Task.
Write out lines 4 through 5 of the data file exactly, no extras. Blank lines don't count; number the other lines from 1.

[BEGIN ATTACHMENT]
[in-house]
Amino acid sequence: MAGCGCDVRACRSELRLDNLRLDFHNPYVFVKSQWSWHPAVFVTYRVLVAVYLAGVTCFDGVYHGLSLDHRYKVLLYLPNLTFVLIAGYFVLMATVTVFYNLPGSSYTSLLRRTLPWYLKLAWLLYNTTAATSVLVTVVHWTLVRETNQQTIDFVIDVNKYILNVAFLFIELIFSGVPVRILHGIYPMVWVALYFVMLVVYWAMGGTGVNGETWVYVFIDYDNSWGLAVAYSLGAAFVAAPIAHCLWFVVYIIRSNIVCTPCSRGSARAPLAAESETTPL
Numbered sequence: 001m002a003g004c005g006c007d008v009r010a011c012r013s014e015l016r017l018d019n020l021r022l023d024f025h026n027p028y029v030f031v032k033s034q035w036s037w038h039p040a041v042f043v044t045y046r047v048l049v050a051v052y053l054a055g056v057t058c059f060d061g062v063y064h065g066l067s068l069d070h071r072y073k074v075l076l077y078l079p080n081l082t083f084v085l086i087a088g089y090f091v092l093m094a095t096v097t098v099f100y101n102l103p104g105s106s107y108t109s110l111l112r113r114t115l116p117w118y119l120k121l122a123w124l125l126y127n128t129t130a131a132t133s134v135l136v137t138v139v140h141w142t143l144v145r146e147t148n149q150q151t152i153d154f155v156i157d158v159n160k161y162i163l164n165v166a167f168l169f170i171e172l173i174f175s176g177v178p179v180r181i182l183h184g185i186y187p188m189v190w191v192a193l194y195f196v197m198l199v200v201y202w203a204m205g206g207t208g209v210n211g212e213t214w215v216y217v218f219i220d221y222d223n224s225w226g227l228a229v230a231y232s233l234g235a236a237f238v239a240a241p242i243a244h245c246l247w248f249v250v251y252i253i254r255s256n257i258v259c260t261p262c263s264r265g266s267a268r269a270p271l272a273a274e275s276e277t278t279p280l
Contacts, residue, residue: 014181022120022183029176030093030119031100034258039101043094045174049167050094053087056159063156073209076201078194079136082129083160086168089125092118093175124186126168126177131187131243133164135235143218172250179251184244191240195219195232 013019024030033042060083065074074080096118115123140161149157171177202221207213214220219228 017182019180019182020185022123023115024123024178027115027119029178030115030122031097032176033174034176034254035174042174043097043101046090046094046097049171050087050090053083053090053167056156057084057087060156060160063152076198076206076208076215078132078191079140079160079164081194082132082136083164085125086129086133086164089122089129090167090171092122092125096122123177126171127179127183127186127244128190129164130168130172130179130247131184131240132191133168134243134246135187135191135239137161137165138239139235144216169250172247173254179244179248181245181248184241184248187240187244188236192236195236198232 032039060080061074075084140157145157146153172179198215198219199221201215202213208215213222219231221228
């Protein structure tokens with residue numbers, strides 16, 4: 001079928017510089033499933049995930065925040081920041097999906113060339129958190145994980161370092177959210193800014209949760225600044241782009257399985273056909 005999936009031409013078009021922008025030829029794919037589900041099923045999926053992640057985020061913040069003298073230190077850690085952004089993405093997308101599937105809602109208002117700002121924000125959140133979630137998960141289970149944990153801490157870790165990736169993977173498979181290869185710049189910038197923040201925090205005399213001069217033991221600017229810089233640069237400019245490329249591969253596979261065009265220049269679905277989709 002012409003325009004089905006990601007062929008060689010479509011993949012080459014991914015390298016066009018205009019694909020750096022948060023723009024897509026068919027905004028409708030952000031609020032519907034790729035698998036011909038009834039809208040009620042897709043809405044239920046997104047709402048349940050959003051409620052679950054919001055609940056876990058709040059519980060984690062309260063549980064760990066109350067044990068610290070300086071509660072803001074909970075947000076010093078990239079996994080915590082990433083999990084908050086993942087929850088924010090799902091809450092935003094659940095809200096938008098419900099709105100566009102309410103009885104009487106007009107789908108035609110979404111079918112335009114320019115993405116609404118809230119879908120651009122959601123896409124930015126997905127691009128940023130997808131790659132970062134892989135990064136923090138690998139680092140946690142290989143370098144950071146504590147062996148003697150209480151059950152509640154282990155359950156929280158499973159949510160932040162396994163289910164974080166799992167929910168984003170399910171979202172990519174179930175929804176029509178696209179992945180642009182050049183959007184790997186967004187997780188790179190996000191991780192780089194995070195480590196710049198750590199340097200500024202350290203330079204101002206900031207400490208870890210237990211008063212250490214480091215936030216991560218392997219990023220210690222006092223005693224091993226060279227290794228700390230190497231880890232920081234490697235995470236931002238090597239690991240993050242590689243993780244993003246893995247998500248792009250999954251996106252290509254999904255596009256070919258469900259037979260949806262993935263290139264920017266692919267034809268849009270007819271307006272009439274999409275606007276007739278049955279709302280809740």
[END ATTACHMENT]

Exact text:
Contacts, residue, residue: 014181022120022183029176030093030119031100034258039101043094045174049167050094053087056159063156073209076201078194079136082129083160086168089125092118093175124186126168126177131187131243133164135235143218172250179251184244191240195219195232 013019024030033042060083065074074080096118115123140161149157171177202221207213214220219228 017182019180019182020185022123023115024123024178027115027119029178030115030122031097032176033174034176034254035174042174043097043101046090046094046097049171050087050090053083053090053167056156057084057087060156060160063152076198076206076208076215078132078191079140079160079164081194082132082136083164085125086129086133086164089122089129090167090171092122092125096122123177126171127179127183127186127244128190129164130168130172130179130247131184131240132191133168134243134246135187135191135239137161137165138239139235144216169250172247173254179244179248181245181248184241184248187240187244188236192236195236198232 032039060080061074075084140157145157146153172179198215198219199221201215202213208215213222219231221228
């Protein structure tokens with residue numbers, strides 16, 4: 001079928017510089033499933049995930065925040081920041097999906113060339129958190145994980161370092177959210193800014209949760225600044241782009257399985273056909 005999936009031409013078009021922008025030829029794919037589900041099923045999926053992640057985020061913040069003298073230190077850690085952004089993405093997308101599937105809602109208002117700002121924000125959140133979630137998960141289970149944990153801490157870790165990736169993977173498979181290869185710049189910038197923040201925090205005399213001069217033991221600017229810089233640069237400019245490329249591969253596979261065009265220049269679905277989709 002012409003325009004089905006990601007062929008060689010479509011993949012080459014991914015390298016066009018205009019694909020750096022948060023723009024897509026068919027905004028409708030952000031609020032519907034790729035698998036011909038009834039809208040009620042897709043809405044239920046997104047709402048349940050959003051409620052679950054919001055609940056876990058709040059519980060984690062309260063549980064760990066109350067044990068610290070300086071509660072803001074909970075947000076010093078990239079996994080915590082990433083999990084908050086993942087929850088924010090799902091809450092935003094659940095809200096938008098419900099709105100566009102309410103009885104009487106007009107789908108035609110979404111079918112335009114320019115993405116609404118809230119879908120651009122959601123896409124930015126997905127691009128940023130997808131790659132970062134892989135990064136923090138690998139680092140946690142290989143370098144950071146504590147062996148003697150209480151059950152509640154282990155359950156929280158499973159949510160932040162396994163289910164974080166799992167929910168984003170399910171979202172990519174179930175929804176029509178696209179992945180642009182050049183959007184790997186967004187997780188790179190996000191991780192780089194995070195480590196710049198750590199340097200500024202350290203330079204101002206900031207400490208870890210237990211008063212250490214480091215936030216991560218392997219990023220210690222006092223005693224091993226060279227290794228700390230190497231880890232920081234490697235995470236931002238090597239690991240993050242590689243993780244993003246893995247998500248792009250999954251996106252290509254999904255596009256070919258469900259037979260949806262993935263290139264920017266692919267034809268849009270007819271307006272009439274999409275606007276007739278049955279709302280809740």